Greetings from down under! I’ve just arrived in Sydney to work with one of my all-time top science heroes, Dr. Emma Johnston, at University of New South Wales (UNSW). It’s all thanks to support from the National Science Foundation and the Australian Academy of Science, through a program they jointly fund called EAPSI – East Asia Pacific Summer Institute.
Of course, it’s not at all summer here in Australia. My approach into Sydney Airport was among the most exciting aviation experiences I can recall due to a 100-year winter storm that was pounding the coast of New South Wales. Upon deplaning, I discovered a usually fair-weather city deep in the throes of winter weather chaos. City buses were rerouted, sirens of emergency vehicles chirped persistently in the distance, and Hassan, my Uber driver, had to turn around on three different occasions to avoid downed power lines.
Of course, my first reaction as a wise American tourist was to instantly flock to the water’s edge to watch. Here was the scene above iconic Bondi Beach in East Sydney:
Harrowing stories from the storm’s victims have since emerged. Storm surge and wave action seized up to 50 horizontal meters of shoreline in a single night in some locations, wreaking havoc for residents and businesses.
Of course, the fact that the sea poses such a risk to coastal communities (both in Australia and around the world) is a small part of why I am here conducting research. I study the artificial structures we build to protect shorelines from seawater inundation, also known as shoreline armoring. As climate change raises sea levels and human populations migrate towards the coasts (Neumann et al. 2015), the need for shoreline armoring is more critical than ever. Yet, we must balance this need with the potential negative consequences of armoring. Previous research suggests that artificial structures such as seawalls and breakwaters alter the composition of marine ecosystems (Bulleri and Chapman 2010). These changes could influence the goods and services that marine ecosystems provide to coastal communities, such as pollution processing and recreational fishing.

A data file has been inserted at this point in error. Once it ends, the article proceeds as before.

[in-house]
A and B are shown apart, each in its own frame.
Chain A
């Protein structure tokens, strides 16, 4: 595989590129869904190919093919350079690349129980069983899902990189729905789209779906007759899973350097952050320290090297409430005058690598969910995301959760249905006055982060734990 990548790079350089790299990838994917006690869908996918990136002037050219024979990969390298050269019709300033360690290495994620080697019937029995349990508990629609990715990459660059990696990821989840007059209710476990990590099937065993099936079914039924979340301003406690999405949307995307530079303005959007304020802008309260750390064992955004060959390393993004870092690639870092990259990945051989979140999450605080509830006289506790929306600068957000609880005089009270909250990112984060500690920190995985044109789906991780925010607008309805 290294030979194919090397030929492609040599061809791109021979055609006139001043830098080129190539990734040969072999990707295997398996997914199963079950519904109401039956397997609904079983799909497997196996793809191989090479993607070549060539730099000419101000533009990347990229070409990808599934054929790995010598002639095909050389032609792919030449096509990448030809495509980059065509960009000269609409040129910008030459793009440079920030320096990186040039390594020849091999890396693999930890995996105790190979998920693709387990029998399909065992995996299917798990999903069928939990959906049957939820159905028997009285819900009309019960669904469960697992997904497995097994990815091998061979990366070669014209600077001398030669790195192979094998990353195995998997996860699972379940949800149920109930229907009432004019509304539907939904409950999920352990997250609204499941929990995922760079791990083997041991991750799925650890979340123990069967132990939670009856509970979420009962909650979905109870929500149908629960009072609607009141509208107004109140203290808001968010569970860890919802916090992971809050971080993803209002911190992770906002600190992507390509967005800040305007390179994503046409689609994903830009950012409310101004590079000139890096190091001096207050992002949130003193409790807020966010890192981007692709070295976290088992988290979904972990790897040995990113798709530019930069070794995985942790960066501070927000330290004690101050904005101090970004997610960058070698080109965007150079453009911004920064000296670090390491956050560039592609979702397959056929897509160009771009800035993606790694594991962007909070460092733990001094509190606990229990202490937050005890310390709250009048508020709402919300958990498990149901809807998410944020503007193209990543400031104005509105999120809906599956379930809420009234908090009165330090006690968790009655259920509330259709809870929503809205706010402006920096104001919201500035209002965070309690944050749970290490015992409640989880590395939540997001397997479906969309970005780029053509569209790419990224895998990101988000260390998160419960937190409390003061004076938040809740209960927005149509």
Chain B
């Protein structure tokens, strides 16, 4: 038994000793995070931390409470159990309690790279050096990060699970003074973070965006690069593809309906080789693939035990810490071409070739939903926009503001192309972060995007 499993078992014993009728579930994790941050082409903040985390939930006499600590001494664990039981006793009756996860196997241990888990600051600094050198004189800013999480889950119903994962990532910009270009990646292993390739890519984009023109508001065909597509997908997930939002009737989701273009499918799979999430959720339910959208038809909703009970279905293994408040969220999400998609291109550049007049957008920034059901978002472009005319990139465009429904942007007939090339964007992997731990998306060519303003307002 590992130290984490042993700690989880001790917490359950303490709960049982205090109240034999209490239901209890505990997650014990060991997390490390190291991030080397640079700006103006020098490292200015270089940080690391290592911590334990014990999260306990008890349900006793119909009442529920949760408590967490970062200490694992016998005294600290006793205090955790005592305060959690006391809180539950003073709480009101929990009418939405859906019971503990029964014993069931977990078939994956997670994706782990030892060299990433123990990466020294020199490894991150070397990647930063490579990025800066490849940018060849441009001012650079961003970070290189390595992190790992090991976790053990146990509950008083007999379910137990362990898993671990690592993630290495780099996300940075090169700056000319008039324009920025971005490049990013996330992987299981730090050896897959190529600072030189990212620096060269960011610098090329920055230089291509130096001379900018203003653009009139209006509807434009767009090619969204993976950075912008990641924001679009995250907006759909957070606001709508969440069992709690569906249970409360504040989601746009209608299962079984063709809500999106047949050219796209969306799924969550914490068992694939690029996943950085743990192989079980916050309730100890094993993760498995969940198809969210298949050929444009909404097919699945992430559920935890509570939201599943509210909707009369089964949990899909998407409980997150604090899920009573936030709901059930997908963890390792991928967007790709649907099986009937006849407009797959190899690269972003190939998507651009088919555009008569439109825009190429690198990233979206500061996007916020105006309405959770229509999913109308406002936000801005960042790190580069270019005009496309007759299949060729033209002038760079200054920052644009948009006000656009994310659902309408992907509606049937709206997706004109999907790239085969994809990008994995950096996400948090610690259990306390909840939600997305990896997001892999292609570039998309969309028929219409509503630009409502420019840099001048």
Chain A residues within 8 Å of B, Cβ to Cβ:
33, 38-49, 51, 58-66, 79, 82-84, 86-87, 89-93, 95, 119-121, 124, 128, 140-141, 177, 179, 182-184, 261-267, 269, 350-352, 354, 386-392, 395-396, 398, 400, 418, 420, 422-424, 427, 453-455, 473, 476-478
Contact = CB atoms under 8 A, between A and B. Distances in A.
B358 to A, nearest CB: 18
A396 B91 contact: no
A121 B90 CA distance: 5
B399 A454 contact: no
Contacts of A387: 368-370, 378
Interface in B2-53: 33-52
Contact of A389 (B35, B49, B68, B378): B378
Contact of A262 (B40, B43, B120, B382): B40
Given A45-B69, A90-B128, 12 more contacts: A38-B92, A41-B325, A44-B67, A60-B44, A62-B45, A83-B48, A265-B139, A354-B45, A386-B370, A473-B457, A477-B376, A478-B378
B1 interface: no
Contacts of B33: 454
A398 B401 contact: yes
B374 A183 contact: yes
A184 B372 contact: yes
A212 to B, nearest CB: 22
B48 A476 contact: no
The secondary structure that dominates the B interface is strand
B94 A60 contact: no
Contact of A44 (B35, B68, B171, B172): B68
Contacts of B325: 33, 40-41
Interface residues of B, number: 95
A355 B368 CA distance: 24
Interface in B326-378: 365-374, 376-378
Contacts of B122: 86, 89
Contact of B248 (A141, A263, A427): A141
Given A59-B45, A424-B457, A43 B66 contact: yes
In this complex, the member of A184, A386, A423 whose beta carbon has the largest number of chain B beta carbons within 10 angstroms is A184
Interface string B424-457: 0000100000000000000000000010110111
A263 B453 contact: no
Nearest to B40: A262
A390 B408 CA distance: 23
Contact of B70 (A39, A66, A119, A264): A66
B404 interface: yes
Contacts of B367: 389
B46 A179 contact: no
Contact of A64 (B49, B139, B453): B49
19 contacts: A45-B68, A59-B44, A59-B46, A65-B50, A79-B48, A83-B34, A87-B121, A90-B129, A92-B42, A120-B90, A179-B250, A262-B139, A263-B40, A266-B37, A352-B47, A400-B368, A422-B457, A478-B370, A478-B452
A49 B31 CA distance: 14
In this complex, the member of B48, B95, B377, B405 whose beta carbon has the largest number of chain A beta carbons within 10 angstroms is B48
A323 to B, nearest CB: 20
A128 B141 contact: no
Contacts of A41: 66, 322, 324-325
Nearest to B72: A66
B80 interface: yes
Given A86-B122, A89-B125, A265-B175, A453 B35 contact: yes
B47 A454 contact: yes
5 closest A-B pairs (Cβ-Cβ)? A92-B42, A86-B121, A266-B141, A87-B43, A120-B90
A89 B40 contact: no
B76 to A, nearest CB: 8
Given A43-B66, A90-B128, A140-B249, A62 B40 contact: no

Over the next few months, I will work closely with researchers at UNSW to examine how marine trophic (feeding) relationships compare between natural and armored shorelines in Sydney Harbour. Sydney is the epicenter for research on urban marine ecosystems, and researchers here have unparalleled knowledge of the species that live on artificial structures locally. This knowledge will enable me to use stable isotope analysis and next generation sequencing to identify the position of each species in the food chain and its original source of photosynthetic energy. By comparing these characteristics between organisms living on altered and natural shorelines, we will gain insight into how the structure and function of marine communities may be influenced by shoreline armoring.